Lyoto Machida vs Yoel Romero Fight Night 70
The main event and only top quality fight on this weekend’s Fox card see former champion Lyoto Machida face former Olympian, Yoel Romero. The matchup certainly does get the juices flowing. Both fighters are right there at the top of the division. But what is evident is that both guys are in desperate need of this win.
Fighting is a young man’s game, or so they say, and these two elite fighters are certainly not young men in fighters years. This coupled with the division’s number one and two challengers already being set. Rockhold & Jacare, means they need to a super impressive win to get back into contention.
Lyoto The Dragon
Machida comes into this fight on the back of a terrible outing against Luke Rockhold in which is he was dominated and finished in the second round. The first time ever Machida has been completely dominated inside the Octagon. Taking into account he has lost a total of six times in his career. The Rampage, Phil Davis and Chris Weidman fights were all close losses. I would argue he was doing fine against Jon Jones and Shogun before he was caught and subsequently finished. And all these fights, bar the loss to Weidman, were up a weight class.
This fight with Romero presents another chance for Machida to storm to the front of the division and become a contender again. However, losing two in a row and three out of his last four fights. Would surely curtail any future hopes Machida has for the middleweight strap. Added to this is the fact Lyoto is 37 years old, so unless he is another Couture/Henderson, he does not have many years left to achieve his dreams.
Romero The Soldier of God
Romero has been out of action since September last year. And has pulled out a fight with Jacare Souza on two different occasions. And is in danger of being forgotten at the top of the division. Romero is a physical specimen of a human being, he looks like a superhero character. And his credentials are insane. Back this up with a 9-1 record and his five-fight win streak and the man has to be taken seriously.
However, Romero is 38, and if he wants to make his move for the middleweight strap. He has to go through one of the trickiest fighters out there in Machida. This is the first time Romero will be getting into the ring with a former champion on the level of Machida. He previously faced Rafael Cavalcante in Strikeforce and suffered his only professional loss by TKO. However, a win over Machida would propel Yoel right into the title mix. And give him the credentials needed at middleweight to challenge either Weidman or Rockhold for the strap.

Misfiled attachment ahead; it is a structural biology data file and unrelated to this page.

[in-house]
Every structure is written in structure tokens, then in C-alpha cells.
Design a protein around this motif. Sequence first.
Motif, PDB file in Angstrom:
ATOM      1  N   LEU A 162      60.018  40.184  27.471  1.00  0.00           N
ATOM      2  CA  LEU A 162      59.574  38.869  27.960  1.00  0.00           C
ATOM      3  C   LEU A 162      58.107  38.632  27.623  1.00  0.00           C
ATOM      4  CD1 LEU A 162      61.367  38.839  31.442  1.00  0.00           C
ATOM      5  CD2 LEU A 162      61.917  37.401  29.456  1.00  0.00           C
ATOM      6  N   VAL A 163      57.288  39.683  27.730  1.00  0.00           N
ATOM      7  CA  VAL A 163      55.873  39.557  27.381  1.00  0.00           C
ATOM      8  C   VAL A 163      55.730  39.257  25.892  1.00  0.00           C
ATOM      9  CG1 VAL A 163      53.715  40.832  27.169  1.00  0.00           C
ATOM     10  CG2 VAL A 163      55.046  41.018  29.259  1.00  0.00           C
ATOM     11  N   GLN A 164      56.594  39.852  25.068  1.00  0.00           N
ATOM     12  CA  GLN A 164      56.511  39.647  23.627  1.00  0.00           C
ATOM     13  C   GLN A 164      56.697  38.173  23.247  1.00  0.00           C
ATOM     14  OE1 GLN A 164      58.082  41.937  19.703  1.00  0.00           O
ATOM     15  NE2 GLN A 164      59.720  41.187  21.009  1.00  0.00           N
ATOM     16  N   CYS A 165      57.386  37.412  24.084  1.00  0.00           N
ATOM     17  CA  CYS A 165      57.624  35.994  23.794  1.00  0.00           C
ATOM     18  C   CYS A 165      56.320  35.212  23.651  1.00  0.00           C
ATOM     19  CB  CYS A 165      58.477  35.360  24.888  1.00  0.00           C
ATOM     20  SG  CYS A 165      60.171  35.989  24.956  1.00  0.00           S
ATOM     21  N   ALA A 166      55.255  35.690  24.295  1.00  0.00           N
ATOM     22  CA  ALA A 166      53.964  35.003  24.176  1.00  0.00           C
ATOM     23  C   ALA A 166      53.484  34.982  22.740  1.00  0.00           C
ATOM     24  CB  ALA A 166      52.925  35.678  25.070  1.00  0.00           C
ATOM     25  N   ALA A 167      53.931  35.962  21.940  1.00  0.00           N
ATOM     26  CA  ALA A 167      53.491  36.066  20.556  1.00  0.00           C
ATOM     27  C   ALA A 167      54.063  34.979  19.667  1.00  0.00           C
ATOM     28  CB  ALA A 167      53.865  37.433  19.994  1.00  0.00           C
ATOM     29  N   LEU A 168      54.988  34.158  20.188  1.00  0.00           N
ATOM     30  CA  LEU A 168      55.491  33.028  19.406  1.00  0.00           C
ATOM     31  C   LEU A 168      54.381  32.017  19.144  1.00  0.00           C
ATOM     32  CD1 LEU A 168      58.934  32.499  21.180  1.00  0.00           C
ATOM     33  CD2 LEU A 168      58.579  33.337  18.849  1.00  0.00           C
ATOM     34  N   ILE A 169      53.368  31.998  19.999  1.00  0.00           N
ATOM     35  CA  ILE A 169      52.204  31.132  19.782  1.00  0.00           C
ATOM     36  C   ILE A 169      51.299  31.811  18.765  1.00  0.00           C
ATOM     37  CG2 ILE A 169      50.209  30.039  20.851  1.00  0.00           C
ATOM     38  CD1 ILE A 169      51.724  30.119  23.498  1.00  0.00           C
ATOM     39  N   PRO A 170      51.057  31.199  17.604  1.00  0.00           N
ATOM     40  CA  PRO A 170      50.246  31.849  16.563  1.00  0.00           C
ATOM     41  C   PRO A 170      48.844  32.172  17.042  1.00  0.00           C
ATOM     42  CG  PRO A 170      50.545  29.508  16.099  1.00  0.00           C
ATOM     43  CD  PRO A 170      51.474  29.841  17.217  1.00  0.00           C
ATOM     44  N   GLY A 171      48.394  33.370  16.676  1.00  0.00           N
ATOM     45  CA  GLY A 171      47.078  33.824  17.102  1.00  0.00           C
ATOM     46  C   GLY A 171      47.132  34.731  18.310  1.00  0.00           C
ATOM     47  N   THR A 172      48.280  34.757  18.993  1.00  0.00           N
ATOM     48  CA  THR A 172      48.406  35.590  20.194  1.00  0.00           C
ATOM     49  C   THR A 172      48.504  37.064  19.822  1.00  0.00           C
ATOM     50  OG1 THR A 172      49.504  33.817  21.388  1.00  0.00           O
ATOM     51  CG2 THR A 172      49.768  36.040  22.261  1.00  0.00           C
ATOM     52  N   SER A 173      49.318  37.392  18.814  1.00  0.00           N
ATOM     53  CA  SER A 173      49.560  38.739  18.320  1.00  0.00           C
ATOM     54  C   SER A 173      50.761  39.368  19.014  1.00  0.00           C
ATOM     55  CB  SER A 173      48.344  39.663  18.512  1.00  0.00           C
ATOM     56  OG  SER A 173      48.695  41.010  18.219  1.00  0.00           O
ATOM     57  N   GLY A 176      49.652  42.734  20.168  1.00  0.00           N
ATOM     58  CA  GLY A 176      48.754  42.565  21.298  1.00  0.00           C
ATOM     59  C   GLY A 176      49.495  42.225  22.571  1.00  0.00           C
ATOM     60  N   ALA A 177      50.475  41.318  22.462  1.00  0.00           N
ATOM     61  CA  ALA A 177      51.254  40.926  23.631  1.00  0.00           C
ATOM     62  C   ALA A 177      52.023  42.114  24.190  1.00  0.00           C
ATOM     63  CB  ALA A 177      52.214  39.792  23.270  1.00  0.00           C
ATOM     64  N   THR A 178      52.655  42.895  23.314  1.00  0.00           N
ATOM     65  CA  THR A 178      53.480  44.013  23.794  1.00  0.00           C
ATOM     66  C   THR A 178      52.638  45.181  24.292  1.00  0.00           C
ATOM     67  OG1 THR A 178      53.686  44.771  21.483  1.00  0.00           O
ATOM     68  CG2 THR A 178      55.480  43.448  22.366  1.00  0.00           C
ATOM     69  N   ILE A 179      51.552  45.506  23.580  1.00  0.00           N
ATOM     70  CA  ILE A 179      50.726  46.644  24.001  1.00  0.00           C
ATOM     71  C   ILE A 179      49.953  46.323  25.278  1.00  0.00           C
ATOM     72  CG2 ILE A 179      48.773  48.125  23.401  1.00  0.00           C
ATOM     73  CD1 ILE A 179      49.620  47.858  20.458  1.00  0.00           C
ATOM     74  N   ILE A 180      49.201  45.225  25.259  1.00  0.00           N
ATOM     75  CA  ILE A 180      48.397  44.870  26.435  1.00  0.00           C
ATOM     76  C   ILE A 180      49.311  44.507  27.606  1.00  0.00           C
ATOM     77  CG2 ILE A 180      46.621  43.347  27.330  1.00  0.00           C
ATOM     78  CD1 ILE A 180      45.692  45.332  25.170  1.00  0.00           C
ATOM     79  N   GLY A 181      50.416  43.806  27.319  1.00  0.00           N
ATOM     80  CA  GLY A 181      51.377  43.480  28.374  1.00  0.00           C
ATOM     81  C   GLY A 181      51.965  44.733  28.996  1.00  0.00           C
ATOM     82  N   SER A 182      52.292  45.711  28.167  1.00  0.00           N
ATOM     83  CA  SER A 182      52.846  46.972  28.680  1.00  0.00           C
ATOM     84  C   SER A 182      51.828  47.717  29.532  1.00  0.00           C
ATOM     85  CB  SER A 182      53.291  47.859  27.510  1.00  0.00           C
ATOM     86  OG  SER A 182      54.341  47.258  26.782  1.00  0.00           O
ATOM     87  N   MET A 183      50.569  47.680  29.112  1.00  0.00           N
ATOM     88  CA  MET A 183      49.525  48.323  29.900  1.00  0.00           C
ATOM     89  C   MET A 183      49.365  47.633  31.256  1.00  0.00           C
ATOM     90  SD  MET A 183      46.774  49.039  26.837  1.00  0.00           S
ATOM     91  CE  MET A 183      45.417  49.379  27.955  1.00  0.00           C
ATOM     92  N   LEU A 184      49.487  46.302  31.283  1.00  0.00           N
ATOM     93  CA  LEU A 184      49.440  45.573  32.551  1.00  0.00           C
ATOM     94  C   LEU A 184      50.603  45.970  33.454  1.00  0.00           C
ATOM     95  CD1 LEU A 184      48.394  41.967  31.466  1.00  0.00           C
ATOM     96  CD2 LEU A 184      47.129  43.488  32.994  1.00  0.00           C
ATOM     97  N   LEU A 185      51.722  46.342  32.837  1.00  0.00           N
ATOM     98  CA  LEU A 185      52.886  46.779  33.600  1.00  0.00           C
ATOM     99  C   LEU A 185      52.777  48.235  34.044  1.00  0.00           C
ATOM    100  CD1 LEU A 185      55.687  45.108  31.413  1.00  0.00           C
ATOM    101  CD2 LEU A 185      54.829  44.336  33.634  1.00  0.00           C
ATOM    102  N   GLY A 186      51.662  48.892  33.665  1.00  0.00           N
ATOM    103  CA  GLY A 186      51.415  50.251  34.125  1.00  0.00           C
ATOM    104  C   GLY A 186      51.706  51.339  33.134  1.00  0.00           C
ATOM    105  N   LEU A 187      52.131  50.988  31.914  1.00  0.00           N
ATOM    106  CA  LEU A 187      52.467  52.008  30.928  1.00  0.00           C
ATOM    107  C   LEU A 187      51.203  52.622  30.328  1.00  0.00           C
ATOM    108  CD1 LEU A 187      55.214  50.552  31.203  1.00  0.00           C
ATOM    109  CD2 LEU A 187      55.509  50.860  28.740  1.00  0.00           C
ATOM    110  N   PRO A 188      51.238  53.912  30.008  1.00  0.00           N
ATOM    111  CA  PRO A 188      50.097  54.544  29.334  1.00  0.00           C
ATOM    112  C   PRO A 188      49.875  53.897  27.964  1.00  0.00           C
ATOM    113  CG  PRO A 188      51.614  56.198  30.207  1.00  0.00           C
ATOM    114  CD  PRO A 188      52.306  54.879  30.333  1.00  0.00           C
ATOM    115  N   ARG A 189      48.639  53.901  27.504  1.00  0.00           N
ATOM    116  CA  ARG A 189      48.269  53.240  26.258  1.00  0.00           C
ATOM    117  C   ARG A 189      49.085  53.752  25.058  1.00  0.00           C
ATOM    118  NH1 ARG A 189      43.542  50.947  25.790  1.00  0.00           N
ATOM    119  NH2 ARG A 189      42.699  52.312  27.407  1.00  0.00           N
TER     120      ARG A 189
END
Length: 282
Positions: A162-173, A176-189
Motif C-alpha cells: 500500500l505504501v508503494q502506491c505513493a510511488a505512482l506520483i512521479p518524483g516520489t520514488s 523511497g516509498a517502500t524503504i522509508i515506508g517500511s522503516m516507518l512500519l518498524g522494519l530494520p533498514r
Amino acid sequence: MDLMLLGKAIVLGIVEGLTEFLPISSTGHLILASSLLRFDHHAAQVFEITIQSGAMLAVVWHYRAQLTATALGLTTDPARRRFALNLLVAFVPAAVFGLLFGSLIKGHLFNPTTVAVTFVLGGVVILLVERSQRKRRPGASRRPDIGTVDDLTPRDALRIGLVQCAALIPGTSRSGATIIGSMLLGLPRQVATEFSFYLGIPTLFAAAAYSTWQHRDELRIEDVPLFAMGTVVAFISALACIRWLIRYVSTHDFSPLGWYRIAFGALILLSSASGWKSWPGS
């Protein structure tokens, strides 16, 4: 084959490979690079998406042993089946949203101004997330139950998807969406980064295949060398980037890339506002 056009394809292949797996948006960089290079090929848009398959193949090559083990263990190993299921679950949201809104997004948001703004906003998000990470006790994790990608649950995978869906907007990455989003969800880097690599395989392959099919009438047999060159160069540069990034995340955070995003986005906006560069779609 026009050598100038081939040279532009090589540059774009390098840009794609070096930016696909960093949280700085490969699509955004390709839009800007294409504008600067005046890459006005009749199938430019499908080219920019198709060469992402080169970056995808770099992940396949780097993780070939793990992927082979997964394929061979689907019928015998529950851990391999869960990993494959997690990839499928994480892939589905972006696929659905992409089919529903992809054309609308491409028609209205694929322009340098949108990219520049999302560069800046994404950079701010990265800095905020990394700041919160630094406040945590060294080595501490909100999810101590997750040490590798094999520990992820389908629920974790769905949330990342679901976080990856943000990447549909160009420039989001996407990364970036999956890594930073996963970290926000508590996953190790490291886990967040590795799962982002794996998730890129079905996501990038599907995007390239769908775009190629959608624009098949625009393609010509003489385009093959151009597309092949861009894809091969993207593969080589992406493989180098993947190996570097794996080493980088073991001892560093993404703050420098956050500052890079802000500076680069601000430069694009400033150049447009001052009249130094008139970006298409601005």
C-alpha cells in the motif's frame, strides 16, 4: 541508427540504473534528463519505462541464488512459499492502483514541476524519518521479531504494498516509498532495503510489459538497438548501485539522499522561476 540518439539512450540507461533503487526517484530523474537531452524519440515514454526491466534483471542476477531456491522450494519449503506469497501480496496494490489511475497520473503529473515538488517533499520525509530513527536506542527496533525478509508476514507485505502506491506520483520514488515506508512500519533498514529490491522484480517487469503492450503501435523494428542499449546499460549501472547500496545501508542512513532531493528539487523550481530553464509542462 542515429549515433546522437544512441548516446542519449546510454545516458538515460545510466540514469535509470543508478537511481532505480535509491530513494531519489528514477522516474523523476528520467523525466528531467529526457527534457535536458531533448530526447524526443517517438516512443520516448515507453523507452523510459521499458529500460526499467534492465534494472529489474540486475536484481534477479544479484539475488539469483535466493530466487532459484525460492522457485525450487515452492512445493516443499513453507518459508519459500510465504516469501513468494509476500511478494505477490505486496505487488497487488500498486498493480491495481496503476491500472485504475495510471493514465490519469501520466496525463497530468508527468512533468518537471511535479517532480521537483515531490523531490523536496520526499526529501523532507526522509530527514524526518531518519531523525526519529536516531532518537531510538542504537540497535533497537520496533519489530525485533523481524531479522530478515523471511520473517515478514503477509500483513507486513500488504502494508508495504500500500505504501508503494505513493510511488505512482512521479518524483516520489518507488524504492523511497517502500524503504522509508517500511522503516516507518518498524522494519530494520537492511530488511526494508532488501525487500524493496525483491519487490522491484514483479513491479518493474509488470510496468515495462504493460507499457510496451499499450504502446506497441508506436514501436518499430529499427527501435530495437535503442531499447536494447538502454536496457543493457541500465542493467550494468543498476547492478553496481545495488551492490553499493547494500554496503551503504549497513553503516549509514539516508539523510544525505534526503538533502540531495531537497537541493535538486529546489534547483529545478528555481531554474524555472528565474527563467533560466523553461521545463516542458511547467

Romero is an Olympic silver medallist in freestyle wrestling and is somewhat of a freak athlete. With eight out of nine of his career wins have come from KO or TKO. A sure sign that while Romero has an incredible wrestling base he has become a legit striker with incredible power.
Problems for Romero occur when he faces someone who is a master in movement and striking. And unluckily for him, that just so happens to be Machida. The karate black belt has all the tools to keep the range in this fight. And pick apart Romero while avoiding the power.
The x-factor in this fight comes down to three things, first is Romero`s wrestling. Will, he finally unleashes it to a significant level and not only this but how will he employ it against Machida. Who has a list of some of the best wrestlers in MMA, Dan Henderson, Tito Ortiz, Randy Couture, Ryan Bader, Rashad Evans, in his win column.
Secondly, how will Romero cope with a five-round fight? The wrestler has never gone five rounds and his high-pressure style could leave him drained and empty facing the championship rounds. This compared to Machida who`s last five fights have all been five rounder’s leaves a big advantage in the corner of Machida.
Third and the biggest thing for me is how is Lyoto Machida physically. He previously shrugged off takedown attempts with ease. But against Rockhold, he was mauled on the ground and gave up no resistance. How much will this have an effect on the former champion? Will we see a Machida similar to that of the one who fought Rampage after his Shogun loss, timid and very wary until the third round when it was too late? Hopefully not but the questions need to be answered.
Machida and Romero are held in high regard but add a couple of losses onto the end of the records and that regards start to slip. Both need this win as badly as any in their careers so I expect to see fireworks Saturday night.
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